An insider recounts the twists and turns that led to a new state law and new rights for the state's electric consumers. On Dec. 3, 1996, Gov. Tom Ridge signed into law Pennsylvania's Electricity Generation Customer Choice and Competition Act (em a historic statute that will introduce competition in the retail market among suppliers of electric generation. The act passed primarily because of strong leadership from the governor and others.
Fortnightly Magazine - May 15 1997
Cities throughout the U.S. contemplating take over of a privately owned utility may be more likely to move forward now that the governor of New Mexico signed legislation that has made such a prospect easier in that state.
New Mexico Gov. Gary Johnson (R) on April 11 signed H.B. 1181, which allows the city of Las Cruces to condemn property owned by El Paso Electric Co., paving the way for the municipality to take over the local electric distribution system.
"We're very pleased," said Christopher Good, a spokesman for the city. Las Cruces plans to move forward from here, he added.
While directing PNM Gas Services ( a division of Public Service Company of New Mexico) to reduce rates for gas service, the New Mexico Public Utility Commission has redesigned residential rates to reinstate the once-discredited notion of recovering fixed costs in the commodity charge.
In the same case, the commission also rejected recovery of discount costs and other fees the utility paid and a proposal by the utility to "rebundle" sales and transportation rates by end-use class.
The PUC ordered PNM to reduce gas service rates $6.958 million.
Professor Shepherd sees selective price cutting as anti-competitive, but even a monopolist should be allowed to compete on price.
As the electric industry deregulates, state public utility commissions are asked increasingly to allow the local utility to offer price discounts to large-load customers who might otherwise turn to other sellers. So far, nearly all the PUCs faced with this issue have agreed that such discounts are beneficial: They help retain large-load customers, who help pay the utility's fixed costs.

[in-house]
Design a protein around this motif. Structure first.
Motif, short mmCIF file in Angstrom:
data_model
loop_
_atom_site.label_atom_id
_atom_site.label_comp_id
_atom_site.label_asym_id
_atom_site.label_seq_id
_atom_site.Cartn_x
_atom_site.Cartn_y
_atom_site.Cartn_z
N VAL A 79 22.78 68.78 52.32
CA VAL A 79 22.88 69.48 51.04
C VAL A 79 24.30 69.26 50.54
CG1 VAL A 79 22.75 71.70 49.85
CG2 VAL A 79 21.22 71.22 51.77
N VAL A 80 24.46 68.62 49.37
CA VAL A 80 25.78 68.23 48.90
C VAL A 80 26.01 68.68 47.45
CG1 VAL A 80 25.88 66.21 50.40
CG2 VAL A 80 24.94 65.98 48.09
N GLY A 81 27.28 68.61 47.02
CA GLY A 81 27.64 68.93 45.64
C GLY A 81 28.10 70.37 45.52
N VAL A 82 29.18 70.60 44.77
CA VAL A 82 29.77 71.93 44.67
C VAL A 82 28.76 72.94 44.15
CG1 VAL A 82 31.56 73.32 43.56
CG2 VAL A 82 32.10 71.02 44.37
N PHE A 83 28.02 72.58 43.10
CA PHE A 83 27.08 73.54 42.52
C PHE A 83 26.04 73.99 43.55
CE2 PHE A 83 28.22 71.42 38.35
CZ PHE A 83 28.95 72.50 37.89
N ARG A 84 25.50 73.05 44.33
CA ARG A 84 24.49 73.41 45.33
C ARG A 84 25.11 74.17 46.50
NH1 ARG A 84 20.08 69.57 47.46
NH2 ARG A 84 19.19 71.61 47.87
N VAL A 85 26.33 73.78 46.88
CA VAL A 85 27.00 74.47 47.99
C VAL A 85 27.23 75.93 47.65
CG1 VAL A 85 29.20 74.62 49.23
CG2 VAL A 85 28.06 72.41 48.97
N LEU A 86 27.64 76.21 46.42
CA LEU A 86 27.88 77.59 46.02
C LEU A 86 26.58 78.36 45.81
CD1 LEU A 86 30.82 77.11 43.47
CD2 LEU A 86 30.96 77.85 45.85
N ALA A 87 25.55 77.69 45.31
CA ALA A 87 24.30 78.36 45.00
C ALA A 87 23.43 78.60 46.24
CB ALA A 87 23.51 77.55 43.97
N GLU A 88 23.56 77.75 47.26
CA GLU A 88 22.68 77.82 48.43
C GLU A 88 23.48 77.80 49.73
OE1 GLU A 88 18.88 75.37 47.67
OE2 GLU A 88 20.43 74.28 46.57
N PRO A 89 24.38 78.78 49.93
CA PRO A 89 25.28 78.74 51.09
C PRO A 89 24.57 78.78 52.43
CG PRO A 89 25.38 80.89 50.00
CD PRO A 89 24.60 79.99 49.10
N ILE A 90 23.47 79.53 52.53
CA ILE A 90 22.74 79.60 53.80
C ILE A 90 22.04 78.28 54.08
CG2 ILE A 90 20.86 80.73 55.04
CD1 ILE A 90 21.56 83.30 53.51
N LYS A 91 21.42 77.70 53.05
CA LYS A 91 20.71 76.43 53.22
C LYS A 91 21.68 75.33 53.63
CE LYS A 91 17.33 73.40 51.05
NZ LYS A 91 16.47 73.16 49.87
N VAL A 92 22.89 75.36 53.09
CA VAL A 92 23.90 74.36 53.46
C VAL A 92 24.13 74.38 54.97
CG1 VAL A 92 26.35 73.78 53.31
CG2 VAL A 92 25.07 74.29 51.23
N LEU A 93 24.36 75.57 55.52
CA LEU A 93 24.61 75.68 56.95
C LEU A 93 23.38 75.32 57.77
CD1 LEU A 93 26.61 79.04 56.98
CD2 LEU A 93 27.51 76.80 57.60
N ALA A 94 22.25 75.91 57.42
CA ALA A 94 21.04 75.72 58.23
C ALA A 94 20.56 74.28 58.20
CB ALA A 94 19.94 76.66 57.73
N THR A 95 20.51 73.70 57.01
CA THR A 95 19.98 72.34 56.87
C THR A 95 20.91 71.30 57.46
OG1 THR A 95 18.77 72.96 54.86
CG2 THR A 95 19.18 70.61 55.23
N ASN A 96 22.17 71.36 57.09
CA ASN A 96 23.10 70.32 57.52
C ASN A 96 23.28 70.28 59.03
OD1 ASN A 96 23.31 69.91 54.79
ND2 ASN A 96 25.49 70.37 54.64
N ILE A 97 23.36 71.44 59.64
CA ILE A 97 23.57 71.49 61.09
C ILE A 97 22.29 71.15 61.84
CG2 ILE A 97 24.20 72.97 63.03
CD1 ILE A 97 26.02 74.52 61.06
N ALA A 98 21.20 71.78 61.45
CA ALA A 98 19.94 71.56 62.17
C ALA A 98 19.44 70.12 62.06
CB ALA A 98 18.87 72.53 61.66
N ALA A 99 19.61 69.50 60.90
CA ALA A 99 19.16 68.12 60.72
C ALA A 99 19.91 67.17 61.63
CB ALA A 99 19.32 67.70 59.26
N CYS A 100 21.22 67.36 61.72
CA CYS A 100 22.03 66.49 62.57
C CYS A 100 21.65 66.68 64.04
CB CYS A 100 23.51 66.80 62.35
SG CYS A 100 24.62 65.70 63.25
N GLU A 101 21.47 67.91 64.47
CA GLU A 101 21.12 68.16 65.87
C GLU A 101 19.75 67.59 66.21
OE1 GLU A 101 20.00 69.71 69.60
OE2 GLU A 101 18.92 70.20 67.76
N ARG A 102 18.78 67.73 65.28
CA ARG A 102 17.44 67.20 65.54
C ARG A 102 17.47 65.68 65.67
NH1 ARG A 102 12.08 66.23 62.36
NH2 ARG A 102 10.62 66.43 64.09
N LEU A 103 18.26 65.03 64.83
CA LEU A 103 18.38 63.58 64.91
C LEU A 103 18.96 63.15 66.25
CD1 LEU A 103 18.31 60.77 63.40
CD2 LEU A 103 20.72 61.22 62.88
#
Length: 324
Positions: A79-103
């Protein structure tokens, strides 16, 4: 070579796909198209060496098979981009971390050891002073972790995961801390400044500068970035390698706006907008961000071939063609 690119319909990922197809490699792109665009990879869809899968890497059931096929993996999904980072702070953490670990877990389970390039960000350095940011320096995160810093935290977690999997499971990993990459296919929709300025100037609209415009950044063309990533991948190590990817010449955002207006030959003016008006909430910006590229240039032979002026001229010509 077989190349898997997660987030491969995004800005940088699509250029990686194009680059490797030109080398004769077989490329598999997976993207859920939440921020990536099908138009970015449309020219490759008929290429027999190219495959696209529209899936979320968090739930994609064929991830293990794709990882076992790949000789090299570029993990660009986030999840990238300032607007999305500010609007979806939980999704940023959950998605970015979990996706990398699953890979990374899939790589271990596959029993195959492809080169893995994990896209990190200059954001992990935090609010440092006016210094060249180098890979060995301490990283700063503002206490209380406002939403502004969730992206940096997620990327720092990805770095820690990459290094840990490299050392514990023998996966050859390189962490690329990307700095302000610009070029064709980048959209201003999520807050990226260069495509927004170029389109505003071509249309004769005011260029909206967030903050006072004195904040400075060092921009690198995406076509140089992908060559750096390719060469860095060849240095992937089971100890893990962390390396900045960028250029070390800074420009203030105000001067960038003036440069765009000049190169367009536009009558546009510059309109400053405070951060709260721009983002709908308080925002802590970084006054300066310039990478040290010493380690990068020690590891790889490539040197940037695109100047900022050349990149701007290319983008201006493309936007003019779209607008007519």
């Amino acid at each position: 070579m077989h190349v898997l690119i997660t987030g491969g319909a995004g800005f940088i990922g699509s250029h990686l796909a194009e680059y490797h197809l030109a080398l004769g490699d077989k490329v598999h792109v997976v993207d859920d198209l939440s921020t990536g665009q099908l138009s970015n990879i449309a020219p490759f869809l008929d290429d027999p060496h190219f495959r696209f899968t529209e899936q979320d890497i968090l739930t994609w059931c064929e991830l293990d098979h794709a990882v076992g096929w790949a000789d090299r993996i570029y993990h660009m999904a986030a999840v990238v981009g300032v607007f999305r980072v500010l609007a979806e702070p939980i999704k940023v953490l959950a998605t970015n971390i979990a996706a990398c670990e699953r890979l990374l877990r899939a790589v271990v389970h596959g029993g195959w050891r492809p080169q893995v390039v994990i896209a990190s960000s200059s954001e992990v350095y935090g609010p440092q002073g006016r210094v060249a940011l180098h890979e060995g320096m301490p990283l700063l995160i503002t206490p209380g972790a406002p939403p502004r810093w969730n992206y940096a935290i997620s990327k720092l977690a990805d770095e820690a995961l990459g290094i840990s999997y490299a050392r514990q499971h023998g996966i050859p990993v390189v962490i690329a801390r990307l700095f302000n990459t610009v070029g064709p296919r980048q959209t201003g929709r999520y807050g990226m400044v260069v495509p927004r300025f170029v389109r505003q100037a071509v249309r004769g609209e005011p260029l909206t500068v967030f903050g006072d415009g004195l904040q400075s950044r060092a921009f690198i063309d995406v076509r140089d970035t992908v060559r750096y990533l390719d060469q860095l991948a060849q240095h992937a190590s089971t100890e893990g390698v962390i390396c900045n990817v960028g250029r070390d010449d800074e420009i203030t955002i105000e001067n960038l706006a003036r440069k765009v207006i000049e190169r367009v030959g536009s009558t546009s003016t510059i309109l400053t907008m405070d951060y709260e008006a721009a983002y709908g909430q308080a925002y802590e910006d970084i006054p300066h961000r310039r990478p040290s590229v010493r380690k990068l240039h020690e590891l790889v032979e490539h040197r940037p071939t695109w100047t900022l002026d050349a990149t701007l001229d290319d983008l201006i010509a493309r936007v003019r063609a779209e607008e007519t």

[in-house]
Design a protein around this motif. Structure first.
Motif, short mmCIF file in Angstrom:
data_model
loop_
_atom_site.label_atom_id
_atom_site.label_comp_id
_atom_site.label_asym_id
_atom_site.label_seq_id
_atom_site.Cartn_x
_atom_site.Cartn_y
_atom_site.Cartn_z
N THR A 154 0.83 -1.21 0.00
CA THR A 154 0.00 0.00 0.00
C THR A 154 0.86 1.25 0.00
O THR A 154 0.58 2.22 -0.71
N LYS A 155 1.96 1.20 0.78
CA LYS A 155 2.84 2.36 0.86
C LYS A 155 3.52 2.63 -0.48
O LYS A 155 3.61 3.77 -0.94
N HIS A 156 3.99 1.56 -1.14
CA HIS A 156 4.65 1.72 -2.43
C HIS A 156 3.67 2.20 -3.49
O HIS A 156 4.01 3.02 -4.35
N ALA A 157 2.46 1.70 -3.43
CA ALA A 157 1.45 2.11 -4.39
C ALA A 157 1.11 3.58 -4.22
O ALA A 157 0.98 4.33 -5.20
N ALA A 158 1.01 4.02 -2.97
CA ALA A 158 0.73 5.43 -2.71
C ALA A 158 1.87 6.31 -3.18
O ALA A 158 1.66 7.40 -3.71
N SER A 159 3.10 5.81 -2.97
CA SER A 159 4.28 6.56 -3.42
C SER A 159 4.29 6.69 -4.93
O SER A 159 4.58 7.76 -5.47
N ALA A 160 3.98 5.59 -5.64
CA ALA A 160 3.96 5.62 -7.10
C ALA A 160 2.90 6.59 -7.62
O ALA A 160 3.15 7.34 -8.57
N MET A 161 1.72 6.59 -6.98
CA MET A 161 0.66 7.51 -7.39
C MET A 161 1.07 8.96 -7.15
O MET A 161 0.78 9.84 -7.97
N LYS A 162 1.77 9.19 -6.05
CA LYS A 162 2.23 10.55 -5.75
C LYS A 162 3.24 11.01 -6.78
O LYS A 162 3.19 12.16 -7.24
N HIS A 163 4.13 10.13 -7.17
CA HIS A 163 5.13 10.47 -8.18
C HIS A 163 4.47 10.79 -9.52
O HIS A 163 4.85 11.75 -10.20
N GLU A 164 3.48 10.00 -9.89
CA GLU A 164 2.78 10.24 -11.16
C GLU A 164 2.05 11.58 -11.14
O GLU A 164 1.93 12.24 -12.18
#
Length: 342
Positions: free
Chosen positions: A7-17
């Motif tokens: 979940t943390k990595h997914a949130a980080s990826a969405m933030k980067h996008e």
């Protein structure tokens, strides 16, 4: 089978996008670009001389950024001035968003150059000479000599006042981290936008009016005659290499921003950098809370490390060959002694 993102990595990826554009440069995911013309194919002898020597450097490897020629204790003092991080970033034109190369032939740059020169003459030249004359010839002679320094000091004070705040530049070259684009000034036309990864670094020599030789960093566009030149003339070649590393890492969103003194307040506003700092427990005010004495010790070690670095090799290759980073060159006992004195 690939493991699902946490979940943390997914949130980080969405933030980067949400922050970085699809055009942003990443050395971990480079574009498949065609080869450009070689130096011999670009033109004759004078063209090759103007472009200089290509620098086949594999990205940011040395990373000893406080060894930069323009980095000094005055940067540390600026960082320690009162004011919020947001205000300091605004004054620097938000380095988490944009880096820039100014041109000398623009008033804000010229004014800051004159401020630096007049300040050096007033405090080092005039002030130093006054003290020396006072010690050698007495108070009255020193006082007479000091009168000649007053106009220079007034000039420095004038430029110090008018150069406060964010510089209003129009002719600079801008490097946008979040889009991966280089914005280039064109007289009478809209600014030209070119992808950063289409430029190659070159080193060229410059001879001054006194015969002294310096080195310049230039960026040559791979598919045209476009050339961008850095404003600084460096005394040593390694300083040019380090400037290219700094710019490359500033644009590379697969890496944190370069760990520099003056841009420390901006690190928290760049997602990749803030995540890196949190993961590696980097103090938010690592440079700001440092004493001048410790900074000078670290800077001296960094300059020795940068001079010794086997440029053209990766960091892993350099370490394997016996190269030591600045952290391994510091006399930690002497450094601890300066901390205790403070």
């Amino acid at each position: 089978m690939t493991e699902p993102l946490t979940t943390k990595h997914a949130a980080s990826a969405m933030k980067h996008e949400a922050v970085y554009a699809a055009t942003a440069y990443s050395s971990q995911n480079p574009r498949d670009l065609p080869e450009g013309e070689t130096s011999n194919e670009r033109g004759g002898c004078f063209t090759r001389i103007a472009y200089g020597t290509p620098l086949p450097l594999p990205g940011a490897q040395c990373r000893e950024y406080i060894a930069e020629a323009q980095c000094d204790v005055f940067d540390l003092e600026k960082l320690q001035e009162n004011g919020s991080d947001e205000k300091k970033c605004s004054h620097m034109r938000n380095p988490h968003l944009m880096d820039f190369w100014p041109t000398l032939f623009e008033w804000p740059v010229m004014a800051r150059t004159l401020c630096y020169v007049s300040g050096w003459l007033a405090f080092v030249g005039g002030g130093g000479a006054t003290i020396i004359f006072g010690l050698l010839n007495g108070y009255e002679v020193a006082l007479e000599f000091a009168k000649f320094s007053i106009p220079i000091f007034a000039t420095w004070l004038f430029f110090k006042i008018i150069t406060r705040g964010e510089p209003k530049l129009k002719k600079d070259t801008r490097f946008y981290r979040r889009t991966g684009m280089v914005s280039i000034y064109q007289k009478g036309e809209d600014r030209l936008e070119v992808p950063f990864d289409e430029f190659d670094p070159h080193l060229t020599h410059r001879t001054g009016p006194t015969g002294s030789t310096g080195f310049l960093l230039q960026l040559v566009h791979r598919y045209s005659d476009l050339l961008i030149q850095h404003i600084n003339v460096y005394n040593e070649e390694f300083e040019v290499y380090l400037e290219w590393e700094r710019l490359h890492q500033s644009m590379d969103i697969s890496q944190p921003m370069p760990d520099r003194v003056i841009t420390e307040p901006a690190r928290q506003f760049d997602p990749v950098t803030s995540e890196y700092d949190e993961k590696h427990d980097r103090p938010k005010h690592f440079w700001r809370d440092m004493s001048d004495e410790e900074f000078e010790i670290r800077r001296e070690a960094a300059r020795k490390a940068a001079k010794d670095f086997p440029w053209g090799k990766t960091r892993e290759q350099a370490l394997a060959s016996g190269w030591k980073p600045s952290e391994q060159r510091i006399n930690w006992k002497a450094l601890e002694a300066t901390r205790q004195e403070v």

The Minnesota Legislature is poised to pass a bill that would allow the state to take full advantage of any relief granted by federal courts in pending cases over the U.S. Department of Energy's nuclear waste disposal obligations.
State Senator Steve Murphy and state Representative Steve Timble introduced the legislation, which has support in both Houses. The legislation was introduced to ensure that state ratepayers would see immediate relief if ordered by federal courts in pending cases in the next several months.
The Virginia State
Corporation Commission has authorized Delmarva Power and Light Co. to close two experimental load-management tariffs to new customers.
Nevertheless, the utility said it would continue to call upon existing program participants to mitigate system emergencies throughout the year.
One program, established in 1988, offered billing credits to customers who agreed to establish a firm service level and then curtail load to that level at the company's request during peak management billing months of June through October.
A simple formula method shows utilities exactly how much to discount prices. Electric utilities have drawn attention recently (and criticism from some quarters) for granting off-the-tariff discounts to customers deemed at risk for migration to lower-priced competitive alternatives. Typically, utilities have offered discounts to high-load customers in exchange for a long-term purchase commitment providing either more certain earnings, higher expected earnings, or both.
With the end of monopoly in electric generation, utilities can assure savings by taking a creative approach to state and local taxation.
Deregulation of electric generation will force electric utilities to examine closely their state and local tax burden. Under deregulation, most state and local taxes will not be part of a reimbursable rate structure. Rather, such costs will directly influence bottom-line profitability.
Local property taxes take a big bite out of electric generation profits. Coal suppliers of utilities pay significant local taxes.
A U.S. federal district judge in Pennsylvania will allow a jury to hear antitrust complaints lodged by heating oil dealers challenging certain promotional activities by Pennsylvania Power and Light Co., but it will exclude from jury deliberations any consideration of whether PP&L had established a "monopoly" in the home heating market.
During the period the utility had allegedly engaged in the promotional activities, its share of the entire home heating market had never exceeded 31 percent, the court said.
When the phone rang it was Tom Mathews, director of mechanical and energy services at Hannaford Bros., the grocery chain that has become better known for shaving utility bills than trimming pork chops.
Mathews made news two years ago when Hannaford had threatened to install generating plants on site at some or all of its 140 or so retail stores, clustered in New England and the north and southeast states. Now he was calling to tell me about his new plan.